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Is it possible to increase the length of time-slices, which the Linux CPU scheduler allows a process to run for? How could I do this?

Background knowledge

This question asks how to reduce how frequently the kernel will force a switch between different processes running on the same CPU. This is the kernel feature described as "pre-emptive multi-tasking". This feature is generally good, because it stops an individual process hogging the CPU and making the system completely non-responsive. However switching between processes has a cost, therefore there is a tradeoff.

If you have one process which uses all the CPU time it can get, and another process which interacts with the user, then switching more frequently can reduce delayed responses.

If you have two processes which use all the CPU time they can get, then switching less frequently can allow them to get more work done in the same time.

Motivation

I am posting this based on my initial reaction to the question How to change Linux context-switch frequency?

I do not personally want to change the timeslice. However I vaguely remember this being a thing, with the CONFIG_HZ build-time option. So I want to know what the current situation is. Is the CPU scheduler time-slice still based on CONFIG_HZ?

Also, in practice build-time tuning is very limiting. For Linux distributions, it is much more practical if they can have a single kernel per CPU architecture, and allow configuring it at runtime or at least at boot-time. If tuning the time-slice is still relevant, is there is a new method which does not lock it down at build-time?

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For most RHEL7 servers, RedHat suggest increasing sched_min_granularity_ns to 10ms and sched_wakeup_granularity_ns to 15ms. (Source. Technically this link says 10 μs, which would be 1000 times smaller. It is a mistake).

We can try to understand this suggestion in more detail.

Increasing sched_min_granularity_ns

On current Linux kernels, CPU time slices are allocated to tasks by CFS, the Completely Fair Scheduler. CFS can be tuned using a few sysctl settings.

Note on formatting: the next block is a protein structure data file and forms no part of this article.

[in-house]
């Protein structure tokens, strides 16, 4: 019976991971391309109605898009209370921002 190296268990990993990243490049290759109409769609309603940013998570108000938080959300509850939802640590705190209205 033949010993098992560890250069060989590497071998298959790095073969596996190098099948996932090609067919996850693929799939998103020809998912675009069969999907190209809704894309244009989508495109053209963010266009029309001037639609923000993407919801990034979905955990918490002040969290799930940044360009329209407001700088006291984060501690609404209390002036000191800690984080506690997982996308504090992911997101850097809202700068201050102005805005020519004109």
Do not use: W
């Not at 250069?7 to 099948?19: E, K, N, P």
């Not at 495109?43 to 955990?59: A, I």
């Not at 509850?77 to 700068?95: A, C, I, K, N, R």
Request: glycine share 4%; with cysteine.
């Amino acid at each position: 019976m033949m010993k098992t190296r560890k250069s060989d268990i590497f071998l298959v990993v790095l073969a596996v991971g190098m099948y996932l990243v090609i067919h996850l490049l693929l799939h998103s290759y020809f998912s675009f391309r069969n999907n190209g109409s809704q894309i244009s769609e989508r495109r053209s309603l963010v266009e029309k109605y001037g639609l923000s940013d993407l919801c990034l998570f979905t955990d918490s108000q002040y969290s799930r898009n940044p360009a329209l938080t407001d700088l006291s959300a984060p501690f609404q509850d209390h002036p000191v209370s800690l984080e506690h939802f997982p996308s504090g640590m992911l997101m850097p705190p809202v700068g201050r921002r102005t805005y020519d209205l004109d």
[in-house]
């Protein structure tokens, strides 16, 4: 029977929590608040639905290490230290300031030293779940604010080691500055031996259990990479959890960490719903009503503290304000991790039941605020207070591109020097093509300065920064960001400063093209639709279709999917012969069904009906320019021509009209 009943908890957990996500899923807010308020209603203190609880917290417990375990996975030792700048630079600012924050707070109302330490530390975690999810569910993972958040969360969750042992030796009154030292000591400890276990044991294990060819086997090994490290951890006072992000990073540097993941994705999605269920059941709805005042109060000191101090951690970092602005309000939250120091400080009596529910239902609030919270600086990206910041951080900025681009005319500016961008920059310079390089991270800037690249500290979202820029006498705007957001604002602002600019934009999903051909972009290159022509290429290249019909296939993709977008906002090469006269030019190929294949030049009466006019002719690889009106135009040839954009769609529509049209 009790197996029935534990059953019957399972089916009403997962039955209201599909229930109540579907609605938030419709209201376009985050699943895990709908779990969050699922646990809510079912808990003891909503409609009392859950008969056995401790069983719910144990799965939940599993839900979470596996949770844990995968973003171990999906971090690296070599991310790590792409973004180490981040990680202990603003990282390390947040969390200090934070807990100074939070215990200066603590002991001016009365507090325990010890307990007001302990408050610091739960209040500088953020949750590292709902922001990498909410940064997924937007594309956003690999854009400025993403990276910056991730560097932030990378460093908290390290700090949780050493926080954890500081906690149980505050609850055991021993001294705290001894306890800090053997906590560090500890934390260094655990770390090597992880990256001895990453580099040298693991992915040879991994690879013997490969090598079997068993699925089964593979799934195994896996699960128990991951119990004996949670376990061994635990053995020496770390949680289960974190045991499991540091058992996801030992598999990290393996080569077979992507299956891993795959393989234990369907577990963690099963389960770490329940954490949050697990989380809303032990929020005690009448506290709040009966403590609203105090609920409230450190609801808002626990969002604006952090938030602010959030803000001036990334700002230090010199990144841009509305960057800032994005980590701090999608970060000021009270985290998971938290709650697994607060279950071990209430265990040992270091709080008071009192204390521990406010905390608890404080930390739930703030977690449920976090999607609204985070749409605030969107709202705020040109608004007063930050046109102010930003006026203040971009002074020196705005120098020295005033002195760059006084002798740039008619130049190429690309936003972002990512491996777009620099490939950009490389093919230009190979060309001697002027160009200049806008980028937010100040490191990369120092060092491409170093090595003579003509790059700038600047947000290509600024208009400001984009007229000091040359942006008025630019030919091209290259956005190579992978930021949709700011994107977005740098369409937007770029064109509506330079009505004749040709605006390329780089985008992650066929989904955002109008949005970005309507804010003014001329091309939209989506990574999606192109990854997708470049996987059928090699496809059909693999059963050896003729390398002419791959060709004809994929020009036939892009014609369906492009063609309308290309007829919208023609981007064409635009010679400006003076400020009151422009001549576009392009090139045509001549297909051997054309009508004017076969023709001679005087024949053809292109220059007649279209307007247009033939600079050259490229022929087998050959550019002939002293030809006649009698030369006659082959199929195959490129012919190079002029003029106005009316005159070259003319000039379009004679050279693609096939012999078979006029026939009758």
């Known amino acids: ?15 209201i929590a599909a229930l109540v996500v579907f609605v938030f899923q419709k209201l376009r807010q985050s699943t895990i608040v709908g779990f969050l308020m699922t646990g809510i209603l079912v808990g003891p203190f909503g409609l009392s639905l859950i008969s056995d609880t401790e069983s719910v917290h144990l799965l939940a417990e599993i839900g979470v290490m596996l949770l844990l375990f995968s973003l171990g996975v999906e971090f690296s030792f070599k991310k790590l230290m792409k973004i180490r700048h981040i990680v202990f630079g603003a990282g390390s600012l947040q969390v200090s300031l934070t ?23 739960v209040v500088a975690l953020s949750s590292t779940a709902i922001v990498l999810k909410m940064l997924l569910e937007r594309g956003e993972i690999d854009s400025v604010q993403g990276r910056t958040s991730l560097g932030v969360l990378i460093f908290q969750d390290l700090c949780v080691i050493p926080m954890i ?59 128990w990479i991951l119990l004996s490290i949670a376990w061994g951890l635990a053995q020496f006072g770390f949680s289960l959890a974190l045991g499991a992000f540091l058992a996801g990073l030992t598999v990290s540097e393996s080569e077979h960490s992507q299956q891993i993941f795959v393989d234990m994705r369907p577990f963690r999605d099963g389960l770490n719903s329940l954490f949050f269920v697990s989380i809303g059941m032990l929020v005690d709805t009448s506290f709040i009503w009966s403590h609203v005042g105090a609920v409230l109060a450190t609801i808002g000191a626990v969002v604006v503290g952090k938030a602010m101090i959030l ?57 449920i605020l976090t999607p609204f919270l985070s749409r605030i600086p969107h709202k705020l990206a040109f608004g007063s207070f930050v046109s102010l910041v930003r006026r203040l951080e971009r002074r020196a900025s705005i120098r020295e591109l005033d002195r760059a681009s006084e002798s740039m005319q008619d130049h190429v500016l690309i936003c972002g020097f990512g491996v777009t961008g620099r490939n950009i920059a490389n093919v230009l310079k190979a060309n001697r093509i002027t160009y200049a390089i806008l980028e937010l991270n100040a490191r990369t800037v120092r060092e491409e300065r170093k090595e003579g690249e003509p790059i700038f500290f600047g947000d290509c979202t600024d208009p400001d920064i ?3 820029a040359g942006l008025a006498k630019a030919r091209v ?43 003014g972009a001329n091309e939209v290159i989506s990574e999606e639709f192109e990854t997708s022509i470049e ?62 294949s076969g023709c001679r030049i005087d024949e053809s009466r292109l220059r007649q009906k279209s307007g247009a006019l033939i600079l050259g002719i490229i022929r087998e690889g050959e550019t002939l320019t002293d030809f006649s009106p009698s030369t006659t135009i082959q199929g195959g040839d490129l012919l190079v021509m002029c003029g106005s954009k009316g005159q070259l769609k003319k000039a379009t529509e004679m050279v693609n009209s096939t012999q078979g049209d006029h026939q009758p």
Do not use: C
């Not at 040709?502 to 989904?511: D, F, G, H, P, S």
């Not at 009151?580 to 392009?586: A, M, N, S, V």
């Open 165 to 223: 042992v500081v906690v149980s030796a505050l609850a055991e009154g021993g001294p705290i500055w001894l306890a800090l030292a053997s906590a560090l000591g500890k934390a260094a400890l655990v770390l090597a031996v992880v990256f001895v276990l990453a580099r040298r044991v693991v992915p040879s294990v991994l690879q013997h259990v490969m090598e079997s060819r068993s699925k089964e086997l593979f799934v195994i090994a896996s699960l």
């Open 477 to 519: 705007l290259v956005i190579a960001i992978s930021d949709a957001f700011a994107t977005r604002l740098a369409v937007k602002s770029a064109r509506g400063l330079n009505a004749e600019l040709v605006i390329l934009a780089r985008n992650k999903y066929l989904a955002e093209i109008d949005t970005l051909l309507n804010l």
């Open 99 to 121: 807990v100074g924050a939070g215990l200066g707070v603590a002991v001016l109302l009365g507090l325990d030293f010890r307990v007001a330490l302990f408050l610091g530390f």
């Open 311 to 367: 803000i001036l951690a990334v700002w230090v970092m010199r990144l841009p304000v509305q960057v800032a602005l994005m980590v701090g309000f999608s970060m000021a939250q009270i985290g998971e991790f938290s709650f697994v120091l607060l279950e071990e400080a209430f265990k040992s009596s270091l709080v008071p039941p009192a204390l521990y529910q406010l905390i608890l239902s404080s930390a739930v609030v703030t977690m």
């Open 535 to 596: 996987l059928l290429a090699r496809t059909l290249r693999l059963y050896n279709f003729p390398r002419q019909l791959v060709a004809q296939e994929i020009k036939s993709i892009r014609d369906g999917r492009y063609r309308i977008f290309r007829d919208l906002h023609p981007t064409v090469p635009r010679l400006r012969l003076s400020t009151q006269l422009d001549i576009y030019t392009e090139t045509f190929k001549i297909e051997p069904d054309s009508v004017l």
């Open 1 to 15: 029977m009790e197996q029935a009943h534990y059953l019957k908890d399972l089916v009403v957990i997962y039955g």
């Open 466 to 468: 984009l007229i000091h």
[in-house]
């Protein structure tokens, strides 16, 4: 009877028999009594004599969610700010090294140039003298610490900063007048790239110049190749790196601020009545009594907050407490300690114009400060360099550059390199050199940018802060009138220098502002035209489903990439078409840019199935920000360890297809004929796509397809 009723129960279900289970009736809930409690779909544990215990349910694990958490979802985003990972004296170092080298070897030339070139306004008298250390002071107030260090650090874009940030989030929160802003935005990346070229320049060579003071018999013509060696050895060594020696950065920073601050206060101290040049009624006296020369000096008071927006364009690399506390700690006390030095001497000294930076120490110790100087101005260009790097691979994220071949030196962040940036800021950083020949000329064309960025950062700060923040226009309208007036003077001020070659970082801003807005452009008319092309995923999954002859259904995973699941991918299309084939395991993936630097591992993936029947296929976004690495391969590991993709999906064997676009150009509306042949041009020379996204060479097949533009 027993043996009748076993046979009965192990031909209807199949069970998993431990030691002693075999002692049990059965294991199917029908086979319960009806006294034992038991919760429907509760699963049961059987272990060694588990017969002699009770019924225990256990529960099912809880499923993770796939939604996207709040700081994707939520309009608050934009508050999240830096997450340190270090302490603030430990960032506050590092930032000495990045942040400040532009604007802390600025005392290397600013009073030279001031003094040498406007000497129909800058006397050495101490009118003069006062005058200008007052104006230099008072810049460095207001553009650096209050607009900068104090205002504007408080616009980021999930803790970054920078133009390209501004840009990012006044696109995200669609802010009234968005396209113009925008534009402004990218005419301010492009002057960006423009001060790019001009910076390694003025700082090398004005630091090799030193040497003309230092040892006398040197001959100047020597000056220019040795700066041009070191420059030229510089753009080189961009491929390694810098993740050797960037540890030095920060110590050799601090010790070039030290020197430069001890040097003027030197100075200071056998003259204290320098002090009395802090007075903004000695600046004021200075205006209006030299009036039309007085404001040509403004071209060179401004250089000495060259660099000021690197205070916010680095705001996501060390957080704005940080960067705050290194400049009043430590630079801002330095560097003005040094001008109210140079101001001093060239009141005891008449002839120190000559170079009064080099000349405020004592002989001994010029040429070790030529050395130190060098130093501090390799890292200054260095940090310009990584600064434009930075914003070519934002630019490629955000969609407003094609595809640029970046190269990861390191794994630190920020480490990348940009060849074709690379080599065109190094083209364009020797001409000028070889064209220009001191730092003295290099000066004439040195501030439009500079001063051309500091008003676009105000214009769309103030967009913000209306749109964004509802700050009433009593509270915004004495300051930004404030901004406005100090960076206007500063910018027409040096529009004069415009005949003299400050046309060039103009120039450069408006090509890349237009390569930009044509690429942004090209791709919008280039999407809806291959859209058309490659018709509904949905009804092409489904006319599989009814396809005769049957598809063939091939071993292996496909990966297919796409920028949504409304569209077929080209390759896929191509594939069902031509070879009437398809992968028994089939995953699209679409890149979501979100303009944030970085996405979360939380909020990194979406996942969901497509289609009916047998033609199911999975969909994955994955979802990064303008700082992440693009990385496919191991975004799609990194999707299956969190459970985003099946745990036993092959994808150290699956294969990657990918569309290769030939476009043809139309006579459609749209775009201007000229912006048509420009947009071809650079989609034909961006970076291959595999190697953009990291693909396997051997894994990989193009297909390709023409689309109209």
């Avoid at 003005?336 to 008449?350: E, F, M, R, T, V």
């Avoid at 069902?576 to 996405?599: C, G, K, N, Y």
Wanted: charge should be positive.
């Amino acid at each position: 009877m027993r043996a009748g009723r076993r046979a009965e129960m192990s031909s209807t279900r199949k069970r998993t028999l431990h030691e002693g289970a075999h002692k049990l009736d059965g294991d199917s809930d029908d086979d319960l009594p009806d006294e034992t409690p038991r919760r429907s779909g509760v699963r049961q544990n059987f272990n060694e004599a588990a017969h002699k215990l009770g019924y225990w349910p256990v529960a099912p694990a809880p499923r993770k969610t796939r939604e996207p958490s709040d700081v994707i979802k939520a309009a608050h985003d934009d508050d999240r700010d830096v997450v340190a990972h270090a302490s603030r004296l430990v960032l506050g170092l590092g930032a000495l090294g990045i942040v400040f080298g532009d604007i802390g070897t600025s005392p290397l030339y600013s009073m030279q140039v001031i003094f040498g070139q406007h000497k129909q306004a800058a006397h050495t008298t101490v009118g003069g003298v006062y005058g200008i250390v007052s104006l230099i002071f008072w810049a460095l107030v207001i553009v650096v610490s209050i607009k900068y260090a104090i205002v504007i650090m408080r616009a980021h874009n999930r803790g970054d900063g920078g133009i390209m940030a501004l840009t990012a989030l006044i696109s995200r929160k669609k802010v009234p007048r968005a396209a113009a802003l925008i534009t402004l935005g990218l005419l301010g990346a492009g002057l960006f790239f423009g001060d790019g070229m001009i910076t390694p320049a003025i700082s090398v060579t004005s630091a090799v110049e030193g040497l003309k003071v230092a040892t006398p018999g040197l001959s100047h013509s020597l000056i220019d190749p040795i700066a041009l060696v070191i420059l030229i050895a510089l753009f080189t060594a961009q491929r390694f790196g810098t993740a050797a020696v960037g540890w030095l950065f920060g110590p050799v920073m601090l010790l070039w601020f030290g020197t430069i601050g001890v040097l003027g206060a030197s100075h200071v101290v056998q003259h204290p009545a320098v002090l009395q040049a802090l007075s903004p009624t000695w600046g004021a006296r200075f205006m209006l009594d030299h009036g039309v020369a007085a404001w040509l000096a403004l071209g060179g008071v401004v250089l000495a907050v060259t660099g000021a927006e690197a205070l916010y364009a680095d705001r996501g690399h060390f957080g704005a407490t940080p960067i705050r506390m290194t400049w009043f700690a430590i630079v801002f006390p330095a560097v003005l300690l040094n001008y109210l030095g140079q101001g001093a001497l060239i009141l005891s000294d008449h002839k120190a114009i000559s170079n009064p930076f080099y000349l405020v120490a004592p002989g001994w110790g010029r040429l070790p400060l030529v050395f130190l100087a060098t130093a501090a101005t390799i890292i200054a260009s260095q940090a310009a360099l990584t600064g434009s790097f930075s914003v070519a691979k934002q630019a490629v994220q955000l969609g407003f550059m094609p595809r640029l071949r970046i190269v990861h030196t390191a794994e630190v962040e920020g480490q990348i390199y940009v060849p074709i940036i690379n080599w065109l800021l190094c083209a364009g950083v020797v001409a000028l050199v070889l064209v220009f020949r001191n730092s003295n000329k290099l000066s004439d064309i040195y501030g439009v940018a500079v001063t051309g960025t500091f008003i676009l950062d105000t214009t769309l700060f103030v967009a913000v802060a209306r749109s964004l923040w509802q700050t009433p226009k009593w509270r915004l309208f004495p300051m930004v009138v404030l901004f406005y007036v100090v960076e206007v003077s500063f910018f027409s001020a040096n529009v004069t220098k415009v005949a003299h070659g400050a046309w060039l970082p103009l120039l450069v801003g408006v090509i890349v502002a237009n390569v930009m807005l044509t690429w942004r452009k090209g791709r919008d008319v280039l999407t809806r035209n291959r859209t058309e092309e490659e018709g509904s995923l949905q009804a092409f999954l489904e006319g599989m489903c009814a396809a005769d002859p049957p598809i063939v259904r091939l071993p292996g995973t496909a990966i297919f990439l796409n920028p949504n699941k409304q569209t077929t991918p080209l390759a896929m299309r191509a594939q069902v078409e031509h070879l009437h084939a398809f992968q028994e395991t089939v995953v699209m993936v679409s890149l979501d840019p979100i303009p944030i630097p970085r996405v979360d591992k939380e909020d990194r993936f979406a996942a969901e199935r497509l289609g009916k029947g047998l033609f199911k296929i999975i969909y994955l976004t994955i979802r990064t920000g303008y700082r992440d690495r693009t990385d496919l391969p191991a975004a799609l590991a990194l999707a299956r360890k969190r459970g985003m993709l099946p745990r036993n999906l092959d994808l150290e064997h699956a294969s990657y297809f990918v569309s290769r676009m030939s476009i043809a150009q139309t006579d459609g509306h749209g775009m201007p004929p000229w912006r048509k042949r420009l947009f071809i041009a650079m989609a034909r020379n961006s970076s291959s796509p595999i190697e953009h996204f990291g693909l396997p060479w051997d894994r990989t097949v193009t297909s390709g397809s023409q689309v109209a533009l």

• kernel.sched_min_granularity_ns
  • kernel.sched_latency_ns
  • kernel.sched_wakeup_granularity_ns

You can set sysctl's temporarily until the next reboot, or permanently in a configuration file which is applied on each boot. To learn how to apply this type of setting, look up "sysctl" or read the short introduction here.

sched_min_granularity_ns is the most prominent setting. In the original sched-design-CFS.txt this was described as the only "tunable" setting, "to tune the scheduler from 'desktop' (low latencies) to 'server' (good batching) workloads."

In other words, we can change this setting to reduce overheads from context-switching, and therefore improve throughput at the cost of responsiveness ("latency").

I think of this CFS setting as mimicking the previous build-time setting, CONFIG_HZ. In the first version of the CFS code, the default value was 1 ms, equivalent to 1000 Hz for "desktop" usage. Other supported values of CONFIG_HZ were 250 Hz (the default), and 100 Hz for the "server" end. 100 Hz was also useful when running Linux on very slow CPUs, this was one of the reasons given when CONFIG_HZ was first added as an build setting on X86.

It sounds reasonable to try changing this value up to 10 ms (i.e. 100 Hz), and measure the results. Remember the sysctls are measured in ns. 1 ms = 1,000,000 ns.

We can see this old-school tuning for 'server' was still very relevant in 2011, for throughput in some high-load benchmark tests: https://events.static.linuxfound.org/slides/2011/linuxcon/lcna2011_rajan.pdf

And perhaps a couple of other settings

The default values of the three settings above look relatively close to each other. It makes me want to keep things simple and multiply them all by the same factor :-). But I tried to look into this and it seems some more specific tuning might also be relevant, since you are tuning for throughput.

sched_wakeup_granularity_ns concerns "wake-up pre-emption". I.e. it controls when a task woken by an event is able to immediately pre-empt the currently running process. The 2011 slides showed performance differences for this setting as well.

See also "Disable WAKEUP_PREEMPT" in this 2010 reference by IBM, which suggests that "for some workloads" this default-on feature "can cost a few percent of CPU utilization".

SUSE Linux has a doc that suggests setting this to larger than half of sched_latency_ns will effectively disable wake-up pre-emption, and then "short duty cycle tasks will be unable to compete with CPU hogs effectively".